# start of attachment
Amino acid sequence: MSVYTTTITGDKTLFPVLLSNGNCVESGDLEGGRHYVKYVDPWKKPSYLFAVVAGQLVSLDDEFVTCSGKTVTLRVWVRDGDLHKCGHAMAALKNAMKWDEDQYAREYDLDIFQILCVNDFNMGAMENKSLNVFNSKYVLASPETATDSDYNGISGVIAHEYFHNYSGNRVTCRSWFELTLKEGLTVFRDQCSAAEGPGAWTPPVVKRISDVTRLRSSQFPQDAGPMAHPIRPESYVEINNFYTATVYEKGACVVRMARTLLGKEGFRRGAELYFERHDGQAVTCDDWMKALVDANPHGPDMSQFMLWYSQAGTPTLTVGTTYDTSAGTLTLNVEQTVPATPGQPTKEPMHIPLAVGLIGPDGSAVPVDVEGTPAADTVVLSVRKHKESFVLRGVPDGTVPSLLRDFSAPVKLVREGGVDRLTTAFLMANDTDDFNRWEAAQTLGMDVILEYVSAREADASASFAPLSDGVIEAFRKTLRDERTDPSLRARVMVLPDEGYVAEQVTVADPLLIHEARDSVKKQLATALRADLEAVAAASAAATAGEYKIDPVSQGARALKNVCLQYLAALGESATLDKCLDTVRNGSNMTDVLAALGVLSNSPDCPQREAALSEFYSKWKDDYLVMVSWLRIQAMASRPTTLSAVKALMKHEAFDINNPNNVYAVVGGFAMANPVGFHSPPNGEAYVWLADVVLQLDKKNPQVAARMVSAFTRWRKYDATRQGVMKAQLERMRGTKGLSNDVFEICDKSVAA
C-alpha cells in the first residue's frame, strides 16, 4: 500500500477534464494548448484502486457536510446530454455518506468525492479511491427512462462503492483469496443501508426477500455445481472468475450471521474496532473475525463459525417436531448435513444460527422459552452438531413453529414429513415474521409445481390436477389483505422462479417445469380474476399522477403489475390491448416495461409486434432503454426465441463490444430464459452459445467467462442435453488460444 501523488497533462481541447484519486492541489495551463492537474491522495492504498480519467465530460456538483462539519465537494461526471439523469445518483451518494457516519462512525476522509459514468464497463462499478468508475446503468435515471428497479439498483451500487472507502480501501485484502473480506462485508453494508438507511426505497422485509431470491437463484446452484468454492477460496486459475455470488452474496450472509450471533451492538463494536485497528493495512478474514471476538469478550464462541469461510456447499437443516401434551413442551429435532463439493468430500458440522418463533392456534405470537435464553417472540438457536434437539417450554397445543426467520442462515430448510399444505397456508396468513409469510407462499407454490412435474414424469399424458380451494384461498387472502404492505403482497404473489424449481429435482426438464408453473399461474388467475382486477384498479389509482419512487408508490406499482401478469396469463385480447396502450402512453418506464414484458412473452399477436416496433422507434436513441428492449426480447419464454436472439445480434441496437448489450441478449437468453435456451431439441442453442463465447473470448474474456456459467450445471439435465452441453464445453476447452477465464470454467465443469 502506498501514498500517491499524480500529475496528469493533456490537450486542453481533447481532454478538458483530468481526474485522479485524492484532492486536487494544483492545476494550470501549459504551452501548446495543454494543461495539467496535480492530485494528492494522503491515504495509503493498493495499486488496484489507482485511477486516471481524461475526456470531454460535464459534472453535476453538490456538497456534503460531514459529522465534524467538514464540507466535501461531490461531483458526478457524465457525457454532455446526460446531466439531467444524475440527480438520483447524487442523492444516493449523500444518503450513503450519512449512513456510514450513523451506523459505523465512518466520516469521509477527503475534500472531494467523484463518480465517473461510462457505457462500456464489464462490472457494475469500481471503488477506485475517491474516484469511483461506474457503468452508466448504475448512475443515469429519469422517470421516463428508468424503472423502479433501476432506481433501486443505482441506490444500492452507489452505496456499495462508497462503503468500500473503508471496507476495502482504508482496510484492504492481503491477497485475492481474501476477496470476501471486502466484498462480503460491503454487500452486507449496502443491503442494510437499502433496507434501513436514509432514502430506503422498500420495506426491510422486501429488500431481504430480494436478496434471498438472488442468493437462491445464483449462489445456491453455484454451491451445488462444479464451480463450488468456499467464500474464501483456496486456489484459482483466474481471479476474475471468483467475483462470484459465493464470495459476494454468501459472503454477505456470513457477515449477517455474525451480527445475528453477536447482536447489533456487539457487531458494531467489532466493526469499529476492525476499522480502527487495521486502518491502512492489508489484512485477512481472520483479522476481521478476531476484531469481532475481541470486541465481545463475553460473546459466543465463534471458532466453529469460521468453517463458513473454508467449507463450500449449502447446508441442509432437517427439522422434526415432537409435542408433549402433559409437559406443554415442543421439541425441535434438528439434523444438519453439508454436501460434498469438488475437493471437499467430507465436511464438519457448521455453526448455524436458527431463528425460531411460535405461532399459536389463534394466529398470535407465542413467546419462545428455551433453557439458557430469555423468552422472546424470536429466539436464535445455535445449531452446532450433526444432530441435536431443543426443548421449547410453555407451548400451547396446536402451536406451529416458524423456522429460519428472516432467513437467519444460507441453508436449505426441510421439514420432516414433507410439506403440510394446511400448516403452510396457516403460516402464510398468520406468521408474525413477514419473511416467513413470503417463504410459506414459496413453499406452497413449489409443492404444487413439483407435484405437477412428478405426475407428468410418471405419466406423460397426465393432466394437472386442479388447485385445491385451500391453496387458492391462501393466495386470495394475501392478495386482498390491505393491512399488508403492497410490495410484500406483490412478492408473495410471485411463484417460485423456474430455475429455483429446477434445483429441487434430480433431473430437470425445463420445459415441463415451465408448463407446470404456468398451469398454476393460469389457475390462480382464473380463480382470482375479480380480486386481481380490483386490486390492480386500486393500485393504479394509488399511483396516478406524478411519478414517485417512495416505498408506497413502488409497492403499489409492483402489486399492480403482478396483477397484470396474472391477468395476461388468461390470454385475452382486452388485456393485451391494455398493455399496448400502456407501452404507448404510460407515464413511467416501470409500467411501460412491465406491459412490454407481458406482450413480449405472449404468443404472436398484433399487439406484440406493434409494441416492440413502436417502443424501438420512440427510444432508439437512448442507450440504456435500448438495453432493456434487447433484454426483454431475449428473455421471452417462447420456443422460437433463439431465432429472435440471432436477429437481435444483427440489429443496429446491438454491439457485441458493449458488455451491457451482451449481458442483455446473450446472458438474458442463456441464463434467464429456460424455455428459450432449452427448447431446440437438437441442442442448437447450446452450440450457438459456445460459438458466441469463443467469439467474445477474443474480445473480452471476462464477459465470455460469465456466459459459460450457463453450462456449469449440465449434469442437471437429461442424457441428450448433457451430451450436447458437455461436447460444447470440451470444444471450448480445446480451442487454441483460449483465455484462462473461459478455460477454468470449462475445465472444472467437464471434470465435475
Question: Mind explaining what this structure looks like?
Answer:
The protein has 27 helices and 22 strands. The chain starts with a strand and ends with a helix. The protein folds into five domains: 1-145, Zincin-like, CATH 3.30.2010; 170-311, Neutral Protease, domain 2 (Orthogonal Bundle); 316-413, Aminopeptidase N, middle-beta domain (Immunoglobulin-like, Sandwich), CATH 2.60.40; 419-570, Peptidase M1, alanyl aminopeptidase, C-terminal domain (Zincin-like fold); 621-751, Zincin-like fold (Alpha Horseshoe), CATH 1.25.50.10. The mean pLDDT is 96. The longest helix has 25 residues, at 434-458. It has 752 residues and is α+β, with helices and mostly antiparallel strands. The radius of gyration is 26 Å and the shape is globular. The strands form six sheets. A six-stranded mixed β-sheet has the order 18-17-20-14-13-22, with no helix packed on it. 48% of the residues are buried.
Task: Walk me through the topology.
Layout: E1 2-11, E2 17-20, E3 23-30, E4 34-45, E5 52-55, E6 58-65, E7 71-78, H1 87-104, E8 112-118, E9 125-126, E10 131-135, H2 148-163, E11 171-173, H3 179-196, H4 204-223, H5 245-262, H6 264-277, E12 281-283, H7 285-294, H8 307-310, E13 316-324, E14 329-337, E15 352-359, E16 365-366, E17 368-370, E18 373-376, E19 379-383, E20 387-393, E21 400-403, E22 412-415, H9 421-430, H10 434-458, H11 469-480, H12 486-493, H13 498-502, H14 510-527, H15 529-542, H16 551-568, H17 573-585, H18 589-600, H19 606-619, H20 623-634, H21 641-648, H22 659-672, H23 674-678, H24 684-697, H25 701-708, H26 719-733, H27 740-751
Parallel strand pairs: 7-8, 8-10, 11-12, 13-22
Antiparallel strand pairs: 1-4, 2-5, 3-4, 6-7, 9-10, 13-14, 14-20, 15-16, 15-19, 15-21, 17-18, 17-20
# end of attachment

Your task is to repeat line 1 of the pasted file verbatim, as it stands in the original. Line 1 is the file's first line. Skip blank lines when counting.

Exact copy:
Amino acid sequence: MSVYTTTITGDKTLFPVLLSNGNCVESGDLEGGRHYVKYVDPWKKPSYLFAVVAGQLVSLDDEFVTCSGKTVTLRVWVRDGDLHKCGHAMAALKNAMKWDEDQYAREYDLDIFQILCVNDFNMGAMENKSLNVFNSKYVLASPETATDSDYNGISGVIAHEYFHNYSGNRVTCRSWFELTLKEGLTVFRDQCSAAEGPGAWTPPVVKRISDVTRLRSSQFPQDAGPMAHPIRPESYVEINNFYTATVYEKGACVVRMARTLLGKEGFRRGAELYFERHDGQAVTCDDWMKALVDANPHGPDMSQFMLWYSQAGTPTLTVGTTYDTSAGTLTLNVEQTVPATPGQPTKEPMHIPLAVGLIGPDGSAVPVDVEGTPAADTVVLSVRKHKESFVLRGVPDGTVPSLLRDFSAPVKLVREGGVDRLTTAFLMANDTDDFNRWEAAQTLGMDVILEYVSAREADASASFAPLSDGVIEAFRKTLRDERTDPSLRARVMVLPDEGYVAEQVTVADPLLIHEARDSVKKQLATALRADLEAVAAASAAATAGEYKIDPVSQGARALKNVCLQYLAALGESATLDKCLDTVRNGSNMTDVLAALGVLSNSPDCPQREAALSEFYSKWKDDYLVMVSWLRIQAMASRPTTLSAVKALMKHEAFDINNPNNVYAVVGGFAMANPVGFHSPPNGEAYVWLADVVLQLDKKNPQVAARMVSAFTRWRKYDATRQGVMKAQLERMRGTKGLSNDVFEICDKSVAA